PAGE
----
3. Results

A total of 65 medical records were reviewed, and 40 cases were included. Among the 40 patients, 35 patients had implantation mycoses, and 5 patients had invasive fungal infections with a cutaneous involvement. Table 1 summarizes the patient characteristics for both groups.

3.1. Patient Characteristics

Male patients were more commonly involved than female patients in both types. The median age in years was 68 and 64 for implantation mycoses and invasive fungal infections, respectively. Nine patients (26%) with implantation mycoses were immunocompromised. Included in these cases, one had acute myeloid leukemia (AML) and was on palliative chemotherapy, one had lymphoma and was receiving chemotherapy, one had acquired immune deficiency syndrome with low CD4 cell count, and six patients were receiving long-term (>1 month) systemic corticosteroid treatment for systemic lupus erythematosus (one case), polymyositis (one case), rheumatoid arthritis (two cases), chronic obstructive pulmonary disease (one case), and autoimmune hemolytic anemia (one case). Type 2 diabetes mellitus (DM) was found in 16 patients (46%). Most patients relied on oral hypoglycemic agents, whereas one patient required insulin injections for glycemic control. The mean level of glycosylated hemoglobin (HbA1c) was 8.4% in nine patients with available laboratory results at the time of diagnosis.
Three patients with invasive fungal infections had compromised immune systems, including two patients with severe aplastic anemia and one patient with AML for which palliative chemotherapy was given. The blood counts of these patients showed severe leukopenia of less than 500 white blood cells/μL. Another patient with systemic infections had poorly controlled type 2 DM (HbA1c 10.1% at the time of infection). One patient on oral hypoglycemic agents had type 2 DM with an HbA1c of 7.1% at the time of diagnosis, but the patient did not otherwise exhibit evidence of immunosuppression.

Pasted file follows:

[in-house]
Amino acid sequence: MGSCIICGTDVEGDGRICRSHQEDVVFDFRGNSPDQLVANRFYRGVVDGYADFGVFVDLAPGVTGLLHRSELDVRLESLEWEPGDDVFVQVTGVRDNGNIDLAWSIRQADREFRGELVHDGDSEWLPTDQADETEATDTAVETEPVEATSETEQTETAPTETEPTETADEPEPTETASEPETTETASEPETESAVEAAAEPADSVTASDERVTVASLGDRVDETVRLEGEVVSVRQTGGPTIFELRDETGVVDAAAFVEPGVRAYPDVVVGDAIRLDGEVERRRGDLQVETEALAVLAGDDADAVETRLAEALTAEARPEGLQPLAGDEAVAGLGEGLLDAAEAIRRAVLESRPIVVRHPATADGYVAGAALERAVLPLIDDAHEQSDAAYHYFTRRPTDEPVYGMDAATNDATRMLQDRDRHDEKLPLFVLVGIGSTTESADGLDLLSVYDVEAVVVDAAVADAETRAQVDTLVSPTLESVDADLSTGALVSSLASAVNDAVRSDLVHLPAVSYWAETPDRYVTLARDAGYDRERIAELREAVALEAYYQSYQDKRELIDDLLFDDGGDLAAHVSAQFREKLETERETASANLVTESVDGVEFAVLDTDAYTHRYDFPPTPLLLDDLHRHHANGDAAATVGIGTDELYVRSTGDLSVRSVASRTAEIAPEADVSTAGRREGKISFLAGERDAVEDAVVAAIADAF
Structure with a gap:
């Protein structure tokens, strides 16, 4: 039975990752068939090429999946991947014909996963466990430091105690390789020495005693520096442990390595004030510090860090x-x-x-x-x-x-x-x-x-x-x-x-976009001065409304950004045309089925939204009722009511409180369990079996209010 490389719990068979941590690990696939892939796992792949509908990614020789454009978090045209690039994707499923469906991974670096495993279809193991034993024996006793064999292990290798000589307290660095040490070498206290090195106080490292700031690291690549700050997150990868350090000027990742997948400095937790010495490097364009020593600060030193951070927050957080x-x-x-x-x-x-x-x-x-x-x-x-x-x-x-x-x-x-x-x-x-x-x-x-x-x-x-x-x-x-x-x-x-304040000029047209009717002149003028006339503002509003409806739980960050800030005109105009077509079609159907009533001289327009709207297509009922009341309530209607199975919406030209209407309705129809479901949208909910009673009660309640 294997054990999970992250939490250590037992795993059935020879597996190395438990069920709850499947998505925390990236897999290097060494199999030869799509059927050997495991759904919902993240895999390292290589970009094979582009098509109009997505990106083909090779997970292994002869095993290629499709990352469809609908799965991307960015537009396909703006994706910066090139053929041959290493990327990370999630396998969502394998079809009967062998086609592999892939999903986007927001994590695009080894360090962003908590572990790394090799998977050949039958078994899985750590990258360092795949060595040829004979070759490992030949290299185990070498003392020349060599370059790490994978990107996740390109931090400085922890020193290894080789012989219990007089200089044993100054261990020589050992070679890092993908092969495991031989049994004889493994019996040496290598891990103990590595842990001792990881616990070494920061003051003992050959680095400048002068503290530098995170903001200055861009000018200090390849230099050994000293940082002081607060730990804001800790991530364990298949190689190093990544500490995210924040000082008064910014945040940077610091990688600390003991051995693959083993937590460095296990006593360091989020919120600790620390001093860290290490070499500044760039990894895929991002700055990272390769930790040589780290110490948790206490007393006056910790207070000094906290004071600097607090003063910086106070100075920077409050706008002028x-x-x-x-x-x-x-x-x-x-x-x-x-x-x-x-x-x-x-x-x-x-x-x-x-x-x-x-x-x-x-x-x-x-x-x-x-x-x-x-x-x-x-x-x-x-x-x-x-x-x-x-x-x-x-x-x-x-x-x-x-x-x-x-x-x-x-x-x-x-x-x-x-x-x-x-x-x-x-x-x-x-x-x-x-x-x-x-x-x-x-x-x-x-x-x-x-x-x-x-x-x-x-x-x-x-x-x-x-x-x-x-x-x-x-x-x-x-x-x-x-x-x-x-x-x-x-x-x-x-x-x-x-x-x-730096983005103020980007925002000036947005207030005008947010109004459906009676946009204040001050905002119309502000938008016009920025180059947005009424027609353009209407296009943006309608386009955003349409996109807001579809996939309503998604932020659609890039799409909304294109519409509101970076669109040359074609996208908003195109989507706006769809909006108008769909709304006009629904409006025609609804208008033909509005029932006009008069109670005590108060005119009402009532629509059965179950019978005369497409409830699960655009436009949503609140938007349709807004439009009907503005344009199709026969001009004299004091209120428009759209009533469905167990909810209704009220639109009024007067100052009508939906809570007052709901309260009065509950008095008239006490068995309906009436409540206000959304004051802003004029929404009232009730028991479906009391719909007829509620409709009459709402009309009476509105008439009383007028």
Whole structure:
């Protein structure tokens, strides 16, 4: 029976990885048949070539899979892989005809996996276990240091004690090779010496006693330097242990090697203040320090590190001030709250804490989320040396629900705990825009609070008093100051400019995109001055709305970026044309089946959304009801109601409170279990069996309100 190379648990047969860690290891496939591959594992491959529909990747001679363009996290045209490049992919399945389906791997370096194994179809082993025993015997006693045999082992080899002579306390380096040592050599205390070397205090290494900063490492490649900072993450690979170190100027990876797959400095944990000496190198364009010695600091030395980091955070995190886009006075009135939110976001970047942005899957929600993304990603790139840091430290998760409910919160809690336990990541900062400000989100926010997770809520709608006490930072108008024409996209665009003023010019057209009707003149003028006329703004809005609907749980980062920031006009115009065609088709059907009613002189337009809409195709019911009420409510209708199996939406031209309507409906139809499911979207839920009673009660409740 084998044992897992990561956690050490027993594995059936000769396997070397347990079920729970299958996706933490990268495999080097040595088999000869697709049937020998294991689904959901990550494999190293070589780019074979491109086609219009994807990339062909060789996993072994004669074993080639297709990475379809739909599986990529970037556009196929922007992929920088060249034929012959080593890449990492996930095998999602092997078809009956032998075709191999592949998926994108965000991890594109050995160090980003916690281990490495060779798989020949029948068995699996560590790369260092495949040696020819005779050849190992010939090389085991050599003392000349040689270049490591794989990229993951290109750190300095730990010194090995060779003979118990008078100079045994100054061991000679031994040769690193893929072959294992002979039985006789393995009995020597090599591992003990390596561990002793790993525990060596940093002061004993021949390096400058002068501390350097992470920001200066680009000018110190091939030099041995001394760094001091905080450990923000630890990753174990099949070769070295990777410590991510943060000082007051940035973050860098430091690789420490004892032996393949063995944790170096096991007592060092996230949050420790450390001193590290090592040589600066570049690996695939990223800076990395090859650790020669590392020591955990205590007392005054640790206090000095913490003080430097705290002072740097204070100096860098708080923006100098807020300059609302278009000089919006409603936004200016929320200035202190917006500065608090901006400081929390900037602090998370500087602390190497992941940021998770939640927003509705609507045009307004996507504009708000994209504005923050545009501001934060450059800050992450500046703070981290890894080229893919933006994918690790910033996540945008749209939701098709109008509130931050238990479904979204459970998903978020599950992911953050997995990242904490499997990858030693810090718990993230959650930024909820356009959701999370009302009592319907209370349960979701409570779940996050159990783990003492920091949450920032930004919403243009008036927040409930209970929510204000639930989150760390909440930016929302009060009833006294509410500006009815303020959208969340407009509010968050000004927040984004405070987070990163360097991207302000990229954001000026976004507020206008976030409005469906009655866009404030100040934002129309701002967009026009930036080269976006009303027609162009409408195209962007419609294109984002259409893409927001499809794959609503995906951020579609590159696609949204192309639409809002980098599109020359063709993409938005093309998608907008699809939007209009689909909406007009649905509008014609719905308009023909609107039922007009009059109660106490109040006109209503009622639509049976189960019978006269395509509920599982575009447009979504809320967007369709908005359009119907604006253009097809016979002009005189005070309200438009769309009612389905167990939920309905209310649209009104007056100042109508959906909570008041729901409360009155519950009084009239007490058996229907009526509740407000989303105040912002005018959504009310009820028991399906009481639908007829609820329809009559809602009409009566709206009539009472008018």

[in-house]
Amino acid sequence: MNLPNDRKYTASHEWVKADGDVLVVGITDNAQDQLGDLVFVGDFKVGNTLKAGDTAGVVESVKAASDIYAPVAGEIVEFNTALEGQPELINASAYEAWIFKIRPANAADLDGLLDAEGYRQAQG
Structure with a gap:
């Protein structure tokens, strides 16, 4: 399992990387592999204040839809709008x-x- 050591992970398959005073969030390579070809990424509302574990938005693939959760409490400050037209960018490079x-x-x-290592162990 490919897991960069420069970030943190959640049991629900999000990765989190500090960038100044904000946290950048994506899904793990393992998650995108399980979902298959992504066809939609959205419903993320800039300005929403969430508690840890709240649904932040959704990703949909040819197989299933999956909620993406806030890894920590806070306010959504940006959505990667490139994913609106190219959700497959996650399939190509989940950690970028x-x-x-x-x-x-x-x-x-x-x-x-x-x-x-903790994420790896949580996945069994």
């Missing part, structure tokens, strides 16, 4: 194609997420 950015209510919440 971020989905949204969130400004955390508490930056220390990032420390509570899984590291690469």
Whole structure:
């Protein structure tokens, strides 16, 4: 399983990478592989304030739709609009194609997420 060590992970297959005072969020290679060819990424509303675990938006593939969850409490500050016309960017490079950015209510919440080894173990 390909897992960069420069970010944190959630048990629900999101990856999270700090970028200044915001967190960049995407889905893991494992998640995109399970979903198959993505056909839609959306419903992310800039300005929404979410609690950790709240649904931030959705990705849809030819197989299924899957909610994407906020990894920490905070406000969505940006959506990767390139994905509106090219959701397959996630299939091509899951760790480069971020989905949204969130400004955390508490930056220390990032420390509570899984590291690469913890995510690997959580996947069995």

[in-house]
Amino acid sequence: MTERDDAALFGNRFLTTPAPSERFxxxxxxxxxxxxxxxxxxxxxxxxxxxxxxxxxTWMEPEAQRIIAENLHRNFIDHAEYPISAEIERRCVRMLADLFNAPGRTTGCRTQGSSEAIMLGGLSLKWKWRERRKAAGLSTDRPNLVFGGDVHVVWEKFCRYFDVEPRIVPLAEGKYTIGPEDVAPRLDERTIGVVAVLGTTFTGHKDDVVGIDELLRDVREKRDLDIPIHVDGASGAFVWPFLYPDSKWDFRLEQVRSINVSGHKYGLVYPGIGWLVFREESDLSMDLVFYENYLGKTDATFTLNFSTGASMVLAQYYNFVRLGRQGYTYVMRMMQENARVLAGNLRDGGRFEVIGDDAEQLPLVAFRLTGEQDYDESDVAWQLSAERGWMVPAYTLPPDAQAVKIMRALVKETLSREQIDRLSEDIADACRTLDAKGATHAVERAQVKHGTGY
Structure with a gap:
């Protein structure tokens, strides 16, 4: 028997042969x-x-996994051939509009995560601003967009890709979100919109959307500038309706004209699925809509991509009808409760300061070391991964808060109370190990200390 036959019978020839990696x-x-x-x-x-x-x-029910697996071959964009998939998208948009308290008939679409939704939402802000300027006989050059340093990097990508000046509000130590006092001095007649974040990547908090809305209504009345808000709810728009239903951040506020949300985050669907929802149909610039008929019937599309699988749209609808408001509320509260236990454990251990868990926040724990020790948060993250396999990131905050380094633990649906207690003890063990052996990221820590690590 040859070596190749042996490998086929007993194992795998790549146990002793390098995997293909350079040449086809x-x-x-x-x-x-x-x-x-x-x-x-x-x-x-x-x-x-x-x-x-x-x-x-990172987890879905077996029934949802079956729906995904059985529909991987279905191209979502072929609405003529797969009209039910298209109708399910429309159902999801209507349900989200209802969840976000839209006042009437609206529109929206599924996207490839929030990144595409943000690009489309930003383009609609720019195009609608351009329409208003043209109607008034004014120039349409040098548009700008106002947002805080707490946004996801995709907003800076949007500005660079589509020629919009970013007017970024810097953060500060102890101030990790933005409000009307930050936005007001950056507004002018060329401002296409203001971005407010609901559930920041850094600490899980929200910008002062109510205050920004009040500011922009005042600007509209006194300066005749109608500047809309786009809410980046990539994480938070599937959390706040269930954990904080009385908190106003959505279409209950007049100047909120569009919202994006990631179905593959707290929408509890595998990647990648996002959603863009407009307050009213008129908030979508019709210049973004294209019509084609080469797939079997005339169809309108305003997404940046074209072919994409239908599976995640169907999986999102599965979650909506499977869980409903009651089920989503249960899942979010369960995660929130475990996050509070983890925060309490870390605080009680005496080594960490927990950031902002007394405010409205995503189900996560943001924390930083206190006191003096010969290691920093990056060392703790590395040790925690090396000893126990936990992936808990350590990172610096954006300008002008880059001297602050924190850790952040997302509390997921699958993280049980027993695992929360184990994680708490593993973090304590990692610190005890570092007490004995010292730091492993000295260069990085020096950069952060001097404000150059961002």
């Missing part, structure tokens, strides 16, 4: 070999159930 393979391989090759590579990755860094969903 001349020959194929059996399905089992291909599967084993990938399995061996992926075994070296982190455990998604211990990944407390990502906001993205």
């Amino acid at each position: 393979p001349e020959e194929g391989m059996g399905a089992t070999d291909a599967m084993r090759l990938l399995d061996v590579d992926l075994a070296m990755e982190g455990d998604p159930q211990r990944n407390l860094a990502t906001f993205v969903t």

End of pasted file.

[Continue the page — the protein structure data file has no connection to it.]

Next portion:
3.2. Clinical Presentation and History

Implantation mycoses manifested as papuloplaques (29 cases, 83%), nodules (4 cases, 11%), and ulcerations (2 cases, 6%). The appearance of common skin lesions is shown in Figure 1. In four cases (11%), the lesions developed bilaterally. The onset was usually slow, with a median duration of 5 months. There were 21 patients (60%) who were asymptomatic; other reported accompanying symptoms were mostly mild, including pain in 7 patients, itchiness in 6 patients, and a burning sensation in 1 patient. Common locations were the upper limbs, especially the forearms or dorsal hands (26 patients, 74%), with fewer patients developing lesions on the lower limbs (4 patients, 11%) and posterior thighs (2 patients, 6%). Other patients presented lesions on the upper and lower extremities (one patient, 3%), abdomen (one patient, 3%), and eyelid (one patient, 3%).